In collaboration with Nike and Best Buy, it plans to start a sharing initiative, the Green Xchange, in early 2010. The program will include both patented technologies and forums for continuing exchange of innovations such as Best Buy’s system for rating the sustainability of a supply chain. Companies that contribute patents to the Green Xchange will have the option of charging users a fixed annual licensing fee and can also restrict any licensing by rivals or for competitive use. In addition, even if no annual fee is charged, patent users must register so there is a record of who is using what technology.
Though more complex than that of Eco-Patent Commons, the structure of Green Xchange will yield greater numbers of high-quality inventions, says John Wilbanks, GreenXchange coordinator and vice president for science at Creative Commons.
“We don’t depend on altruism,” Mr. Wilbanks says. “This system helps the environment while enabling a firm to make money from patents in applications outside its core business.”
For instance, Nike’s air-bag patent for cushioning shoes is crucial to its core shoe business, but may have environmental benefits in other industries — perhaps in prolonging the useful life of tires. Green Xchange could enable Nike to license the air-bag technology selectively to noncompeting companies.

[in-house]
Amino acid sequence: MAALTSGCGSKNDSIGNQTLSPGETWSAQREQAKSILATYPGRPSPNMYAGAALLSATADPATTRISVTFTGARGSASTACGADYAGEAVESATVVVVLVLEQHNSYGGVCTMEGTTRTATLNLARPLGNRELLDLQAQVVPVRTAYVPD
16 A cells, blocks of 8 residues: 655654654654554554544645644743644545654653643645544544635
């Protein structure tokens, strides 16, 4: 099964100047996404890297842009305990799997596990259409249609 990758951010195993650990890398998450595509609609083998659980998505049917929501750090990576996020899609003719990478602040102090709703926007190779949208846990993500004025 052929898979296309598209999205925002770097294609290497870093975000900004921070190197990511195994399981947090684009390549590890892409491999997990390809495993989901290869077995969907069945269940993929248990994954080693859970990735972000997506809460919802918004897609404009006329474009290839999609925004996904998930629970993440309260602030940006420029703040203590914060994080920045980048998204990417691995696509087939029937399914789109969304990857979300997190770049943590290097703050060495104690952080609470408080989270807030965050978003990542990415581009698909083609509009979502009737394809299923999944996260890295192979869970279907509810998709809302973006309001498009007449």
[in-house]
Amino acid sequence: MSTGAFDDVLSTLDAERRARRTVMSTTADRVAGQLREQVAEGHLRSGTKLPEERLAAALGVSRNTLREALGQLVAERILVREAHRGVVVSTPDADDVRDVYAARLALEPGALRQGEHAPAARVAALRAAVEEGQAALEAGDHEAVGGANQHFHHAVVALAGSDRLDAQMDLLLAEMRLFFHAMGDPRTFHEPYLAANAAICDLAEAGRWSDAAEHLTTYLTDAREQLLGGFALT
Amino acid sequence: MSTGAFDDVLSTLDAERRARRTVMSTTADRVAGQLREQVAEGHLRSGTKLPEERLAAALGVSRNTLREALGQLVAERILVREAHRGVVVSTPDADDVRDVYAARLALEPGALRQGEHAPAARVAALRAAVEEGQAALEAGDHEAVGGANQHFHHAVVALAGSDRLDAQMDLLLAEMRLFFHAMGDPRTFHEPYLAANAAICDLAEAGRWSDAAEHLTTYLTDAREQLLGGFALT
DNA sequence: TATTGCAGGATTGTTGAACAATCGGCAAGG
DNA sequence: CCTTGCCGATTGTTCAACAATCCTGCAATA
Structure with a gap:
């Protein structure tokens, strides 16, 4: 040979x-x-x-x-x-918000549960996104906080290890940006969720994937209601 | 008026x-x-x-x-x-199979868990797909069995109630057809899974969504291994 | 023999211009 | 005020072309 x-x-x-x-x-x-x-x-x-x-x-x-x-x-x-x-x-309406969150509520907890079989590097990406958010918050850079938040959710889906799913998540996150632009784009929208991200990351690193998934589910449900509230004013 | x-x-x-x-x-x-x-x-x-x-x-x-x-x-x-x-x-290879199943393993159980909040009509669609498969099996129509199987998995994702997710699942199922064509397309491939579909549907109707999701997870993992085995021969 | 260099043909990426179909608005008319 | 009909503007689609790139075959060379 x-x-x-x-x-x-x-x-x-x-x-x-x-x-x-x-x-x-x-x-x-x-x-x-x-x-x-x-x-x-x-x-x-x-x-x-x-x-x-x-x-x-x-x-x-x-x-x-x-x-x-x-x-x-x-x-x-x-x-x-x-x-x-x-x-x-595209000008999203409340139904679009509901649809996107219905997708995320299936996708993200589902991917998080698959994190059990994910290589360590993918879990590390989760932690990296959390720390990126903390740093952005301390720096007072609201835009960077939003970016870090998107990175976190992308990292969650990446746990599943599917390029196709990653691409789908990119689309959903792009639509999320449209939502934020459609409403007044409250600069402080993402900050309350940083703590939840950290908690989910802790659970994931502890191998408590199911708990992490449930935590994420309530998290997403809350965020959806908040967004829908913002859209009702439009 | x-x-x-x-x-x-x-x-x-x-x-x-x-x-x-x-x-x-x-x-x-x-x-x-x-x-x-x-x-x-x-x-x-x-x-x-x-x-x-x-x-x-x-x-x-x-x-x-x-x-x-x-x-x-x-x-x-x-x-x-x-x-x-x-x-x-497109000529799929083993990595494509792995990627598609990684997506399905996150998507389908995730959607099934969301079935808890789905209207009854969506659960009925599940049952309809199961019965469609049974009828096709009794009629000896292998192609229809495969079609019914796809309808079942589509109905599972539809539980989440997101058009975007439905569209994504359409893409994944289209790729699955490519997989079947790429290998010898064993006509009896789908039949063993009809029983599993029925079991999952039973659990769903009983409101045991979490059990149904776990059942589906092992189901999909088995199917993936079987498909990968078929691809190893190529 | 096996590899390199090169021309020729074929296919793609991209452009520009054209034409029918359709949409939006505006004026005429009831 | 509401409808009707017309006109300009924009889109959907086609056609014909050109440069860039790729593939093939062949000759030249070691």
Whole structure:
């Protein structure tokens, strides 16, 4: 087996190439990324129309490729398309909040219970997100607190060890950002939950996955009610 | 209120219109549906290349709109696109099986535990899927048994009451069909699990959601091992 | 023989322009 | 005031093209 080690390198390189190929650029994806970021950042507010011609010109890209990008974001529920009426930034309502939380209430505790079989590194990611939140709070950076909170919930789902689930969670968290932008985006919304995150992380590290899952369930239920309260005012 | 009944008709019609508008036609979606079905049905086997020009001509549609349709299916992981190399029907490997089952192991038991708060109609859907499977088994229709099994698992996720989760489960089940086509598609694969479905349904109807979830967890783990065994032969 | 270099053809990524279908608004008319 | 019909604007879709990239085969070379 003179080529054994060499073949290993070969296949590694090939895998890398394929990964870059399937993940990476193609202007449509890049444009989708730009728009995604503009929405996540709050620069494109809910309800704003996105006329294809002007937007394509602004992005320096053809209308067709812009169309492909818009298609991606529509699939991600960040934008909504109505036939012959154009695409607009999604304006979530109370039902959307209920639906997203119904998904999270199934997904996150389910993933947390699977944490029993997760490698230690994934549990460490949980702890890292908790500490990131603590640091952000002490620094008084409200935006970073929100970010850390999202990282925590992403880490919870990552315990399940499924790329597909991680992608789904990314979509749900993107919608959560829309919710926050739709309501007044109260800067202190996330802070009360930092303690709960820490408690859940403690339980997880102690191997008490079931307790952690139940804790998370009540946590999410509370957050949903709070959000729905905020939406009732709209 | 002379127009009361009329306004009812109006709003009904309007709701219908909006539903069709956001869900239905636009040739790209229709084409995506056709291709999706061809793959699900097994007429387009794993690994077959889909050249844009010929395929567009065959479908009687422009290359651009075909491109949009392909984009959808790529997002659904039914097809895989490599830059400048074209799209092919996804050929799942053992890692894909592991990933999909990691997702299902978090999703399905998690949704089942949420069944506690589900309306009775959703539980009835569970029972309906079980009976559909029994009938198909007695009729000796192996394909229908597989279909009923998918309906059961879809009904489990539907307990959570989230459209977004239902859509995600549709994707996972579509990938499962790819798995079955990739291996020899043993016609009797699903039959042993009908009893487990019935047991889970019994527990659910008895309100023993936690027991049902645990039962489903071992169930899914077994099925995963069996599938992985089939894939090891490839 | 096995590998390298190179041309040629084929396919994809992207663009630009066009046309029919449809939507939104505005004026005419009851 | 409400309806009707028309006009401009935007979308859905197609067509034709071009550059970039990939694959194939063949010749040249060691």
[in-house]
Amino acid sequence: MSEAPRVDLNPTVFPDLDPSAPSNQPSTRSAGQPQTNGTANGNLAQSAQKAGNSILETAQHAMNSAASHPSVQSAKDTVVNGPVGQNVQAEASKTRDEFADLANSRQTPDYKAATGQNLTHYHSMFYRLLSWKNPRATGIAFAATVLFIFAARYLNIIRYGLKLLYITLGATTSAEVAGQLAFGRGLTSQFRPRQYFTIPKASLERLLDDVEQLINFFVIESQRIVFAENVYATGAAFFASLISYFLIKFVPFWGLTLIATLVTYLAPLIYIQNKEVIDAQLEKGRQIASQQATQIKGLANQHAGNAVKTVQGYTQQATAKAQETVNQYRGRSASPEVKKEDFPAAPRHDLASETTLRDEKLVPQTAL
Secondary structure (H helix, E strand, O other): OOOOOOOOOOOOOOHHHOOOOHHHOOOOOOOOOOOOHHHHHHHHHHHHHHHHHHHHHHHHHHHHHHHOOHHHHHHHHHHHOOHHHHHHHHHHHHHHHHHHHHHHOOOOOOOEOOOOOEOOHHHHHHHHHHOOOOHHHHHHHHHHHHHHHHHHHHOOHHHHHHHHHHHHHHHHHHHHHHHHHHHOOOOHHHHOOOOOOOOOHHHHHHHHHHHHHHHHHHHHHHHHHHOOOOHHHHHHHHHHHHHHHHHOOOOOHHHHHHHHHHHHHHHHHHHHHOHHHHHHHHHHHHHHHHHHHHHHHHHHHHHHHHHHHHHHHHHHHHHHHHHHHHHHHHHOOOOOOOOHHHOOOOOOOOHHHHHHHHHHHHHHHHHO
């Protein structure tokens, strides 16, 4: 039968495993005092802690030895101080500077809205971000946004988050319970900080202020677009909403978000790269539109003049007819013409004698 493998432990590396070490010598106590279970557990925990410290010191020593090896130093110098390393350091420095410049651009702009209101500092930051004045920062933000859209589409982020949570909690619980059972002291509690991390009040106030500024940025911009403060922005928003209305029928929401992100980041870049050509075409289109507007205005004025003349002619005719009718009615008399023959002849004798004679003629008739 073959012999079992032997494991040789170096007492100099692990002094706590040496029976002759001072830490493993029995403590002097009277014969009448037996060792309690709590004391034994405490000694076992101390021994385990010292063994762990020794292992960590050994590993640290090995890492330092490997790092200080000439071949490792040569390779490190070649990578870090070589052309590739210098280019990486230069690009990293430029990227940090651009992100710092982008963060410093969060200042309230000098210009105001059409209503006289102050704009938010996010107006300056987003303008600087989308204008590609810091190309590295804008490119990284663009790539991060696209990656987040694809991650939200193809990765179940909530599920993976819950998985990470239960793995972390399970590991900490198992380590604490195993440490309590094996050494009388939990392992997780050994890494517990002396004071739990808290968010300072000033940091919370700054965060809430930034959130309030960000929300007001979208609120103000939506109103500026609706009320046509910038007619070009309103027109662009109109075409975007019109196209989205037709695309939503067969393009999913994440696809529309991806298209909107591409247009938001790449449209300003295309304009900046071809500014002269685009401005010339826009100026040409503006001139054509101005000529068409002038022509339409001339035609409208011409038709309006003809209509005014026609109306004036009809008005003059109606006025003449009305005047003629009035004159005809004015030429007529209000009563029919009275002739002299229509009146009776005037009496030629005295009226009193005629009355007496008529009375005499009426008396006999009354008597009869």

ACCORDING to Kelly Lauber, a global director in Nike’s Sustainable Business and Innovation Lab, sharing technology can have tremendous environmental impact. By sharing its water-based adhesive technology and working with footwear makers, Ms. Lauber estimates that average levels of environmentally harmful solvents used by Nike’s suppliers have decreased to less than 15 grams per pair of shoes from 350 in 1997.
Perhaps the biggest upside of Green Xchange may come from the development of communities that collaborate in innovation and the exchange of ideas. To encourage that kind of interaction, Salesforce.com will provide a search engine, making it easy to find patents. And collaboration platforms from companies like 2degrees and nGenera should make it easy to identify companies with common interests.
Despite the obvious advantages, sharing patents isn’t as easy as it might sound.
“Numerous features of the intellectual property system, particularly the ability of companies to claim large swaths of technology through patents, play havoc with collaborative efforts,” says Josh Lerner, a professor at Harvard Business School.
Henry Chesbrough, the executive director of the Center for Open Innovation at the University of California, Berkeley, says it is surprisingly hard to give away technologies. “If it is not done carefully,” he said, “the companies that use a donated technology might find themselves liable for infringement of another company’s patent.”
Both the Eco-Patent Commons and the Green Xchange pose organizational challenges for participating companies.
“Deciding which patents to pledge or license to a commons,” says Andrew King, a professor at the Tuck School of Business at Dartmouth, “requires that the legal counsel, R.& D. staff, business unit and corporate sustainability groups all work together, and most organizations just aren’t set up for that.”
Weaving corporate togetherness, it seems, isn’t so easy — though green innovations offer many more reasons to try.